The aim of this paper is to explore the beginning of the linguistic debate in Rome during the Republican Age. Retracing the evidence on the first Roman grammarians offered by Suetonius in De grammaticis et rhetoribus, we analyse the progressive development of the grammatical discipline from a role of ancilla poesis to an autonomous field of study. The poets Livius Andronicus and Ennius are remembered by Suetonius, gramm. 1, 1-2 as the first to have provided a contribution to the studium grammaticae. We discuss this contribution in detail and add similar hints from Naevius, Accius and Lucilius. We also highlight the development of a theory and practice of etymology in Aelius Stilo, up to the dispute between anomaly and analogy. Moreover, our reading leads to the revaluation of ancient grammarians neglected until now, such as Antonius Gnipho, Valerius Cato, and above all Staberius Eros, an analogist who prefigures some of the concepts that will find a full arrangement in Varro’s De lingua Latina. Here we point out a first definition of the Latin concepts of inflection, derivation, as well as the intuition of the universality of grammar.

Linguistic Thought in Rome before Varro

Antonella Duso;Renato Oniga
2020-01-01

Abstract

The aim of this paper is to explore the beginning of the linguistic debate in Rome during the Republican Age. Retracing the evidence on the first Roman grammarians offered by Suetonius in De grammaticis et rhetoribus, we analyse the progressive development of the grammatical discipline from a role of ancilla poesis to an autonomous field of study. The poets Livius Andronicus and Ennius are remembered by Suetonius, gramm. 1, 1-2 as the first to have provided a contribution to the studium grammaticae. We discuss this contribution in detail and add similar hints from Naevius, Accius and Lucilius. We also highlight the development of a theory and practice of etymology in Aelius Stilo, up to the dispute between anomaly and analogy. Moreover, our reading leads to the revaluation of ancient grammarians neglected until now, such as Antonius Gnipho, Valerius Cato, and above all Staberius Eros, an analogist who prefigures some of the concepts that will find a full arrangement in Varro’s De lingua Latina. Here we point out a first definition of the Latin concepts of inflection, derivation, as well as the intuition of the universality of grammar.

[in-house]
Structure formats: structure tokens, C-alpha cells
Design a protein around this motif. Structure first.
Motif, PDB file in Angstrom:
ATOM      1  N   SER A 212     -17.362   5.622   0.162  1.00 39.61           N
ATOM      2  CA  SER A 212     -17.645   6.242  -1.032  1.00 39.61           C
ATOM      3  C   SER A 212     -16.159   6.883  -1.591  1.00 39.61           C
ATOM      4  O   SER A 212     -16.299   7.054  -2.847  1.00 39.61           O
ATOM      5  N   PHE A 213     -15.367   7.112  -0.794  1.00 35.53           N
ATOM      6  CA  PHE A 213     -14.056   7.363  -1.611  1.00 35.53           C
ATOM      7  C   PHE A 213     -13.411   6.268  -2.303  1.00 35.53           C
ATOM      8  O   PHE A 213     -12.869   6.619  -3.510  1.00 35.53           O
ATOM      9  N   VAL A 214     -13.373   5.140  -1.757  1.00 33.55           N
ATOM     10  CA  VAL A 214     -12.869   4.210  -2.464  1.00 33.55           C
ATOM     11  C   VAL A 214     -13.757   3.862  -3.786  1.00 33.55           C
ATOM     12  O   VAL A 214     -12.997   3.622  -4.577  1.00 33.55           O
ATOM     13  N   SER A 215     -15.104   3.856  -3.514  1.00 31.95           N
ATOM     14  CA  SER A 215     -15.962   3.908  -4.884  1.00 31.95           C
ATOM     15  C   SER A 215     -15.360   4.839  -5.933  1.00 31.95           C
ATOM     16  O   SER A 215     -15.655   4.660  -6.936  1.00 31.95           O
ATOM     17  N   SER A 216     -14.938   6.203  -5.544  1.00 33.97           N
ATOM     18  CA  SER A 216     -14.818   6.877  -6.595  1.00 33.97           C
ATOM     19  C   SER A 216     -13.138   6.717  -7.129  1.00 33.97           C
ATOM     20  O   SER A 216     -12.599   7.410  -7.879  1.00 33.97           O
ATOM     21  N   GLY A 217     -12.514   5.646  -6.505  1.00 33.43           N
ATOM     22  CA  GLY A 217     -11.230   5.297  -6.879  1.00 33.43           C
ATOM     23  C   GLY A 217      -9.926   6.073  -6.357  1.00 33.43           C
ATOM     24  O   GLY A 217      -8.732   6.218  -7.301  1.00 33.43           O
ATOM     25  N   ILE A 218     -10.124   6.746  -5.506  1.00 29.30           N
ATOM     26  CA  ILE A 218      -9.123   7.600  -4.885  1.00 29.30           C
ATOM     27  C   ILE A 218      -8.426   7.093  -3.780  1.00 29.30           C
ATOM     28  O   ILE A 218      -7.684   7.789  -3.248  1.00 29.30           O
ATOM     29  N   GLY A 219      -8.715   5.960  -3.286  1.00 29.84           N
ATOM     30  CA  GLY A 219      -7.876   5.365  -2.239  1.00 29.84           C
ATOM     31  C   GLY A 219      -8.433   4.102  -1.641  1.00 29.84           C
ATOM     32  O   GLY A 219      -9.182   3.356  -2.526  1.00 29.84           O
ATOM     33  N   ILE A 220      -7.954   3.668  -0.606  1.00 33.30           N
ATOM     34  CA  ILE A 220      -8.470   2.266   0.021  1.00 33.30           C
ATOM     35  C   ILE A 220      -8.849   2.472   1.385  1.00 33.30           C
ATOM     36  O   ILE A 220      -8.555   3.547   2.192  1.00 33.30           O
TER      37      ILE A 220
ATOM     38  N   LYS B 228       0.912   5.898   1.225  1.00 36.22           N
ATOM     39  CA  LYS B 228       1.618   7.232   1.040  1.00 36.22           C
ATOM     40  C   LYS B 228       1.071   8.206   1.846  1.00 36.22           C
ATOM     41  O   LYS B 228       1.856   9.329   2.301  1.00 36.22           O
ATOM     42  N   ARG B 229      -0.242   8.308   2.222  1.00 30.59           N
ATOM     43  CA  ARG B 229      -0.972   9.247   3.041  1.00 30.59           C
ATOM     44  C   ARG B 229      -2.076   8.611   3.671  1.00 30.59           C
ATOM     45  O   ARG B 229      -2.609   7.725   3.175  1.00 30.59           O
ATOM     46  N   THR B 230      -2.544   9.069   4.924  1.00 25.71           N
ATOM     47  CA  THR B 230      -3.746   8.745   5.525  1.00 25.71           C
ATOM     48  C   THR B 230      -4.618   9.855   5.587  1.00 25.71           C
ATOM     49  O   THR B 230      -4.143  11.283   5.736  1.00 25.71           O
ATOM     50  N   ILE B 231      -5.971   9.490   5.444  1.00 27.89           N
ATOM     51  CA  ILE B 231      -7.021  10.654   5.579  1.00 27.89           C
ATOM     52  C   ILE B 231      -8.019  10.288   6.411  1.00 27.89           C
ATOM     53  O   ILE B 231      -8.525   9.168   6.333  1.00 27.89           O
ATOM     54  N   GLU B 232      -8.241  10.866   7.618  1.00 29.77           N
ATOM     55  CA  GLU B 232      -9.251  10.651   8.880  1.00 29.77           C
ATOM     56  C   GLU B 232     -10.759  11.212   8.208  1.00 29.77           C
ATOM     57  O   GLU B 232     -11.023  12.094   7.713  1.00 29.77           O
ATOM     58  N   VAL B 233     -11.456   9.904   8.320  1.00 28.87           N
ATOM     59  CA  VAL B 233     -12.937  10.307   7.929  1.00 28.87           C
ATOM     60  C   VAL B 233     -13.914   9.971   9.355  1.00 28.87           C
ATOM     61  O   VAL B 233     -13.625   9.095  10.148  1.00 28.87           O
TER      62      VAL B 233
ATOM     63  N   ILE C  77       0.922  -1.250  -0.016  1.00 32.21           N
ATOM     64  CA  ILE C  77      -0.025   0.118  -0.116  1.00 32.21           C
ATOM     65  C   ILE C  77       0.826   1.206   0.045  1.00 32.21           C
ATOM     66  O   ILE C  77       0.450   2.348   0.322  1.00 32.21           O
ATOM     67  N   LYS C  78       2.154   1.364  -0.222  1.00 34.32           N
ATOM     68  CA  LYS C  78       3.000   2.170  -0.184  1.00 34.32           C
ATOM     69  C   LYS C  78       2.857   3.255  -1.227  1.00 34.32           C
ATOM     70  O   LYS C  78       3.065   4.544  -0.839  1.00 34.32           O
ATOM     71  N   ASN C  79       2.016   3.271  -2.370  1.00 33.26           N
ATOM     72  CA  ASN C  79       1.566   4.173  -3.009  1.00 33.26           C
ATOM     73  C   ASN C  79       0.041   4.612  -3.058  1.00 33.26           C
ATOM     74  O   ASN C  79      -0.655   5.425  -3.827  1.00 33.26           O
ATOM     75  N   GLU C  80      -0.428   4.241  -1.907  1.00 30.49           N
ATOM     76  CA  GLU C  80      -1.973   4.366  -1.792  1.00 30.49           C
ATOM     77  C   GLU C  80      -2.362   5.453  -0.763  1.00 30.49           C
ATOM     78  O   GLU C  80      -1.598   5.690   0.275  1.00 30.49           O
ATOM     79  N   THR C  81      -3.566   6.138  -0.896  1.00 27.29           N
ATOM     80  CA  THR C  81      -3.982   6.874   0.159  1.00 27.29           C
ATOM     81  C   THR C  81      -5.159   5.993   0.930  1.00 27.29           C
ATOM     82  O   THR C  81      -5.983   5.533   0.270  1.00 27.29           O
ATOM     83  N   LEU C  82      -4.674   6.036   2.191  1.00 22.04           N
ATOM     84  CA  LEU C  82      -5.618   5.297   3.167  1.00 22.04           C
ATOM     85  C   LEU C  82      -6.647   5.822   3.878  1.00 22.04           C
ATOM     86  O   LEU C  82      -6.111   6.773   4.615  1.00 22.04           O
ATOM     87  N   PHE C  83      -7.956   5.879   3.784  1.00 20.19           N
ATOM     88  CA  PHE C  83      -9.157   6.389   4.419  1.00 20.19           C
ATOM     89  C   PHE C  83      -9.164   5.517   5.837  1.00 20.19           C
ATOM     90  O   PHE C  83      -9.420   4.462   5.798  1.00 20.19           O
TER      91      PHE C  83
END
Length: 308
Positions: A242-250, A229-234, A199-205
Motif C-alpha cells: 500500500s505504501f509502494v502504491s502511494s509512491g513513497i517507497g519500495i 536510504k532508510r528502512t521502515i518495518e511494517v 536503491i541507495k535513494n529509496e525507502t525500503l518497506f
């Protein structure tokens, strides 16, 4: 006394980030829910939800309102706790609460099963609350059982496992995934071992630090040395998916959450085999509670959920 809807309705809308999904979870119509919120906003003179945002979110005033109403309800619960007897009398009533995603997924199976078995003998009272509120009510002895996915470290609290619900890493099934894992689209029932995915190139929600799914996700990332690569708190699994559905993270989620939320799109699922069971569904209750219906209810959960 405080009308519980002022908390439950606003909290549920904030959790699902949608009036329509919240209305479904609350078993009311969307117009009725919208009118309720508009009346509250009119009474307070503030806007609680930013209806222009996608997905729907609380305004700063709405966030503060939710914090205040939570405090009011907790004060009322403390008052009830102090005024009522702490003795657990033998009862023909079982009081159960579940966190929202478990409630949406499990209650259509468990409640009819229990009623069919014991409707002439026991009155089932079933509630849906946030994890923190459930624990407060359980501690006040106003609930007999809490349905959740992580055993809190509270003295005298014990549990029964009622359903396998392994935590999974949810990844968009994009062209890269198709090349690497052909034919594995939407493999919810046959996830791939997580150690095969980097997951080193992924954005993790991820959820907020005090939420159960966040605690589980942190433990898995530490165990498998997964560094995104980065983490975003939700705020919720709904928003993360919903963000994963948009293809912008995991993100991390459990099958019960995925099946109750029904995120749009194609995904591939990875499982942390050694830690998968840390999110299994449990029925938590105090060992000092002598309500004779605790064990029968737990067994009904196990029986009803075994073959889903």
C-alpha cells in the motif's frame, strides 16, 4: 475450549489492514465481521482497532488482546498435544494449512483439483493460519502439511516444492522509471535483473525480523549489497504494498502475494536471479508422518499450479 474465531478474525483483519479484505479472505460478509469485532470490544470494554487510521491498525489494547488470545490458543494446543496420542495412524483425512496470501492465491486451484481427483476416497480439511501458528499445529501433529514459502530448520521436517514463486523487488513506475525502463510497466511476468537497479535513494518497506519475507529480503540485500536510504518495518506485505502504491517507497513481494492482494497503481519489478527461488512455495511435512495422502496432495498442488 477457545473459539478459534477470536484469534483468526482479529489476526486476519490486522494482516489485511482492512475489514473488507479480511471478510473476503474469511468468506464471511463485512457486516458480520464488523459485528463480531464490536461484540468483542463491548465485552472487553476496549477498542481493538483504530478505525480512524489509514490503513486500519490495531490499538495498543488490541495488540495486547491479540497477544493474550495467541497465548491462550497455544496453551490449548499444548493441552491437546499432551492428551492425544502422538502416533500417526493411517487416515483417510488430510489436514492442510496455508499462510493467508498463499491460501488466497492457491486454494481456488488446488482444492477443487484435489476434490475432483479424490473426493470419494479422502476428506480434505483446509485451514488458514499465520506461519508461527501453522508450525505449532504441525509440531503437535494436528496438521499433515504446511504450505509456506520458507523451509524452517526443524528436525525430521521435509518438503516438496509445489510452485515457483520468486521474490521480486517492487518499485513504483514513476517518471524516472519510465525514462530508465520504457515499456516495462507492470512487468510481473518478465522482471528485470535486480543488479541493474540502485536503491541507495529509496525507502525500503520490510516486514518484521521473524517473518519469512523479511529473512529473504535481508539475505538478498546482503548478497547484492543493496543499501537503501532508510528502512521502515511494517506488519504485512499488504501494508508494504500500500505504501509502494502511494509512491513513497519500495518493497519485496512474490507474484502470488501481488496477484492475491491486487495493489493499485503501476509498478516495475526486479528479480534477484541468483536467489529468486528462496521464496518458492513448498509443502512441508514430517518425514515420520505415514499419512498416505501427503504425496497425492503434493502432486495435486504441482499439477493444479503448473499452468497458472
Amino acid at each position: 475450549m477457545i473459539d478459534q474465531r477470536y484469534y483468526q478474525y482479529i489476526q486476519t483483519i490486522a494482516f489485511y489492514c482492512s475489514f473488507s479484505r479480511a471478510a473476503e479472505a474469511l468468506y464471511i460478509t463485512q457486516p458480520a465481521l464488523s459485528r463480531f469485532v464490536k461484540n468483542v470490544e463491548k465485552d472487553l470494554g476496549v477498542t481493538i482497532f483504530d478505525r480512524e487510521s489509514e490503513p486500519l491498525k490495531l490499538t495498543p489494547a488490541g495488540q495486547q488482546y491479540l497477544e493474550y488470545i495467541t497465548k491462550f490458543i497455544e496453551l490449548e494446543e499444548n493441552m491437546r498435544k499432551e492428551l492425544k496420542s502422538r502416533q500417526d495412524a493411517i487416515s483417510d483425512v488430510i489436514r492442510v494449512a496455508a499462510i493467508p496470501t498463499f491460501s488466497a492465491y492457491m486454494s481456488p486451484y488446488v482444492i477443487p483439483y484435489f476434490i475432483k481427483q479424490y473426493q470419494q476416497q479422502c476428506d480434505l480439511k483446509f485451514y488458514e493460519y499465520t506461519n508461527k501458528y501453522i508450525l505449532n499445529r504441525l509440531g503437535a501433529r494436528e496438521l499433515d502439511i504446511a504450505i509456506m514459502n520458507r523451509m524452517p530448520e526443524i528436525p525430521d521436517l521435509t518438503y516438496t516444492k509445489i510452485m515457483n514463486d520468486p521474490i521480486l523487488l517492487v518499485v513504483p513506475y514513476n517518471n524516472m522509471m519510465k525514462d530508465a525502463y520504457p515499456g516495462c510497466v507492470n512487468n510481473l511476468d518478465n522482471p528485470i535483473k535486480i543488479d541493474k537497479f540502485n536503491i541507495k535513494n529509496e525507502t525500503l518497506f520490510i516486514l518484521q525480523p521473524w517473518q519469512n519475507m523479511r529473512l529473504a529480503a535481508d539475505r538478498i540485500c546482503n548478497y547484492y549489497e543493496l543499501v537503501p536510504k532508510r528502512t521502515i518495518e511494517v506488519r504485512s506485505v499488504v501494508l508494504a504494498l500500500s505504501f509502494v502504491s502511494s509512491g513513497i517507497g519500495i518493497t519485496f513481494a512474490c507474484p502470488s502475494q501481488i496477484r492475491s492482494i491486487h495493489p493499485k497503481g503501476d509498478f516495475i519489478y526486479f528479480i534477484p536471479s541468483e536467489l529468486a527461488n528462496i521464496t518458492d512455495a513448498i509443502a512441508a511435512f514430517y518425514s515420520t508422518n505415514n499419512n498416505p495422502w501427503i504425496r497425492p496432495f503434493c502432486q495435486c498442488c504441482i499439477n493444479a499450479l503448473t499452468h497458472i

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Utilizza questo identificativo per citare o creare un link a questo documento: https://hdl.handle.net/11390/1191189
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